Virtual Roundtable: Impact of Emerging Technologies
By Carol Beynon. Associate vice provost, School of Graduate & Post-Doctoral Studies
Western PhD candidates, from left, Kim Martin, Beth Compton, Adriana Soto. Courtesy Western News
What could be more important in our academic community than engaging our brightest minds in the imagining and decision-making process of designing Canada’s research future? Earlier this spring, a dozen graduate students from Western University’s Social Sciences and Humanities Research Council (SSHRC) disciplines did just that in partnership with the University of Windsor. They were hosted by the School of Graduate & Postdoctoral Studies, SSHRC and the Canadian Association of Graduate Studies (CAGS). Their goal was to re-imagine what the future of research could and should look like in Canada.
It was part of a process where Canadian universities were invited to host graduate student roundtables to address SSHRC’s current plan to ensure research in the social sciences, arts and humanities is relevant to, and builds research capacity in relation to, Canada’s future, long term societal challenges and opportunities.
More than 20 Canadian universities took up the challenge to respond to one of six key questions.
Western and University of Windsor focussed on the question: How can emerging technologies be leveraged to benefit Canadians, with respect to sustainable, resilient communities; creativity, innovation and prosperity; values, cultures, inclusion and diversity; and governance and institutions?
Through the wonders of almost seamless technology, students from Windsor joined Western students around one large virtual table, and then worked collaboratively in four break-out rooms. Western Anthropology professor Andrew Nelson contextualized the meeting with an outline of SSHRC’s agenda. Western Anthropology PhD student Michael Carter presented an interactive e-presentation from Ryerson University’s Digital Media Zone where he is director of industry relations. His provocative foreword clarified the term “emerging technology” and provided a history of the development technologies from the dawn of history to initial conceptions of computers and artificial intelligence, which actually began in the mid-1800s.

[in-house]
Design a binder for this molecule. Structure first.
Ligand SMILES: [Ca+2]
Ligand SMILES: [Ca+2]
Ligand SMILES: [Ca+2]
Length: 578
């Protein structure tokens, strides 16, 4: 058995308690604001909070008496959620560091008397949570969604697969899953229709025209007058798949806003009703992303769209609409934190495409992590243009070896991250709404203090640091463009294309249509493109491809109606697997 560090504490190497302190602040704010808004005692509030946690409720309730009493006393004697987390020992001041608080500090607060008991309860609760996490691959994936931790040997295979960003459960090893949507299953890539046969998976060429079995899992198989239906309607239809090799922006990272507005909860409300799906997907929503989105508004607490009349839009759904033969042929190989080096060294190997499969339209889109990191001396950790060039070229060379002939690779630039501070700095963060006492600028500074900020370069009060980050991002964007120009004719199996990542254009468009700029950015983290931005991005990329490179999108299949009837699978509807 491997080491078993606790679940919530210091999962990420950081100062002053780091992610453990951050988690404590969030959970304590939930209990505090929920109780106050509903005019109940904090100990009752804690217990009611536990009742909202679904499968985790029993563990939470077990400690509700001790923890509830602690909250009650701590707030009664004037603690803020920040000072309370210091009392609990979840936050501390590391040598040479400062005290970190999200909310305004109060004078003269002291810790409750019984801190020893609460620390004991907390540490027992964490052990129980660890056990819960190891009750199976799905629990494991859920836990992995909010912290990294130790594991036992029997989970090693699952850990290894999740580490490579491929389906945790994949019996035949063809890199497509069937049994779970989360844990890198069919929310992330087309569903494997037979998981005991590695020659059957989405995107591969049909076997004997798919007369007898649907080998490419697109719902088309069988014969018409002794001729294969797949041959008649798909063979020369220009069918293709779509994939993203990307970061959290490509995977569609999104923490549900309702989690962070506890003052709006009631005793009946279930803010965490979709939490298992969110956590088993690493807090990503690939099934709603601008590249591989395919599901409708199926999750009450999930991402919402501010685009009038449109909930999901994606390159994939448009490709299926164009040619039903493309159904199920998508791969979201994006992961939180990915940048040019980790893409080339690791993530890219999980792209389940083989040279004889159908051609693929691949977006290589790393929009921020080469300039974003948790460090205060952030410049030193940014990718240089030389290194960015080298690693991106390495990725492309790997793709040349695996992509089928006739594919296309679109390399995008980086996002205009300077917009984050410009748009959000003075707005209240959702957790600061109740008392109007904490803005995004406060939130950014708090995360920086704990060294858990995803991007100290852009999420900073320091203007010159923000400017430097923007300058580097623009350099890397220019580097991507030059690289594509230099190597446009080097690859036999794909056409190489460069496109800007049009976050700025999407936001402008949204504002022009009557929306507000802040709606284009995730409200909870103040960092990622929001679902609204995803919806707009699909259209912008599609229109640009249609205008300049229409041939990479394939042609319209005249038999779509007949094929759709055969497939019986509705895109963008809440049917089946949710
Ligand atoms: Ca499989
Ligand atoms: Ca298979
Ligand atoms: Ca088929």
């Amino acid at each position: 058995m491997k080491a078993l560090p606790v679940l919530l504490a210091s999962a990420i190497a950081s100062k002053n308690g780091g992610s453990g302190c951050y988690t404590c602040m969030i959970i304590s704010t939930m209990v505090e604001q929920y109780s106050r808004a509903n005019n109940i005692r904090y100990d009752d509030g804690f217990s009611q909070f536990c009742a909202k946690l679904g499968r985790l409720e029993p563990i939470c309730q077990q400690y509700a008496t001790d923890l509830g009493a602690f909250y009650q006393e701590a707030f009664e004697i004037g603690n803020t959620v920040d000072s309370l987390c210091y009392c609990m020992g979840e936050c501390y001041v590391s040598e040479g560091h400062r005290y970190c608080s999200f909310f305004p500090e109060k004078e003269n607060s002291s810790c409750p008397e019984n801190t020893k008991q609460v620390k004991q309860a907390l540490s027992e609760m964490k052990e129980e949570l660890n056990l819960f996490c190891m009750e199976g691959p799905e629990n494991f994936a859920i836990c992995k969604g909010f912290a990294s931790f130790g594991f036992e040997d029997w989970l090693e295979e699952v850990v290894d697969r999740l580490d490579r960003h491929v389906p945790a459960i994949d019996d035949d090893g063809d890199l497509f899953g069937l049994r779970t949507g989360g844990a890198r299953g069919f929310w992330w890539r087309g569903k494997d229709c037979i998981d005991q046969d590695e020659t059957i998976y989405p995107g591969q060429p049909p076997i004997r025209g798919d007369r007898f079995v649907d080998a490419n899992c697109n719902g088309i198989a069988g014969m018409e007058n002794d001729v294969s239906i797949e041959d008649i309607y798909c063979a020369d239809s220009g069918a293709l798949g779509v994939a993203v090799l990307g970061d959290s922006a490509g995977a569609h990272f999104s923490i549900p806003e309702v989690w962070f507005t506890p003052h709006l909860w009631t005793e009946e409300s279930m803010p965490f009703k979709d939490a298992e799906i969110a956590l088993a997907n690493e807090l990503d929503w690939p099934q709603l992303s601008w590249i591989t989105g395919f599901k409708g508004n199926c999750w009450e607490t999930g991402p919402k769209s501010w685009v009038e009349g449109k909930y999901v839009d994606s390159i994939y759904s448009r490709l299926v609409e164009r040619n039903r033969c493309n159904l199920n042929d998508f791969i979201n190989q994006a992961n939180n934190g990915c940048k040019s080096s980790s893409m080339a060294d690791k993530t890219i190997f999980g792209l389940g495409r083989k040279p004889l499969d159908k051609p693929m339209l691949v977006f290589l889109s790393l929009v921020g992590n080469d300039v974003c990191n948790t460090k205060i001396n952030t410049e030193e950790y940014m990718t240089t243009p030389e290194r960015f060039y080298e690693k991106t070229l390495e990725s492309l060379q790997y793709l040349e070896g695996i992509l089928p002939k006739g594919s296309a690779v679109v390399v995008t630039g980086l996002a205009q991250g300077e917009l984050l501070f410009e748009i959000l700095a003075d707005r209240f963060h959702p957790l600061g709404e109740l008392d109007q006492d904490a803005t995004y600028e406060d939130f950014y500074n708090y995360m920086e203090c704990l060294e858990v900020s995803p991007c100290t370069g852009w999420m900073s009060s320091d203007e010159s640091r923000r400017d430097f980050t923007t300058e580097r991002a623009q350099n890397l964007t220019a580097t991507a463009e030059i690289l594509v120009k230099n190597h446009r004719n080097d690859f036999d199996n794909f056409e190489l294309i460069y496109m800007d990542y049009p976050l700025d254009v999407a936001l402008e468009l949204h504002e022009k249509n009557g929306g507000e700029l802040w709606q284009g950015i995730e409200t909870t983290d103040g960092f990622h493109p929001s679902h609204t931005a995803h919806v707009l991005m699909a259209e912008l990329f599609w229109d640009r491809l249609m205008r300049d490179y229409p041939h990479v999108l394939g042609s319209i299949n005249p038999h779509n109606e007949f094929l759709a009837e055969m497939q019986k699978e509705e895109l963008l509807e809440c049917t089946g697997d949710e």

He drew attention to the necessity of vision, tenacity, creativity, and disruption in moving life forward. During the remainder of the four hour session, the air was filled with animated and engaged discussion among the participants from varied SSHRC-based disciplines. They commented, questioned, argued and challenged each other in joint breakout sessions. They probed the positives and negatives of technology, and wrangled with the idea that no matter who, or where, we are, we are always reacting to some form of emergent technology because society finds itself immersed without warning.
The students questioned:
- How can we ensure, as responsible citizens, we become proactive? Is it even possible?
- How can we ensure technology is available globally?
- How do we manage disparity and complexity?
- What happens when technology uproots and threatens important life traditions, health or global equity?
- Is technology weakening our artistic creativity because of ease of accessibility?
- Whose values? Whose culture? Whose definition of diversity?
- Who should make the rules around technology?
- How do we ensure government doesn’t take advantage of us technologically through imposing governance such as in Bill C-31?
“Meetings of the minds, such as these, are critical in recognizing and affording graduate students – who are our next generation of researchers – the opportunity to imagine and have a critical voice in creating the future, not just of Canada, but of our world,” said Linda Miller, vice-provost at Western’s School of Graduate and Post-Doctoral Studies.
This was a highly successful meeting. It showed the relevance of having our brightest young minds and researchers of the present/future inform SSHRC in its processes of implementing its forward- thinking agendas for the future.
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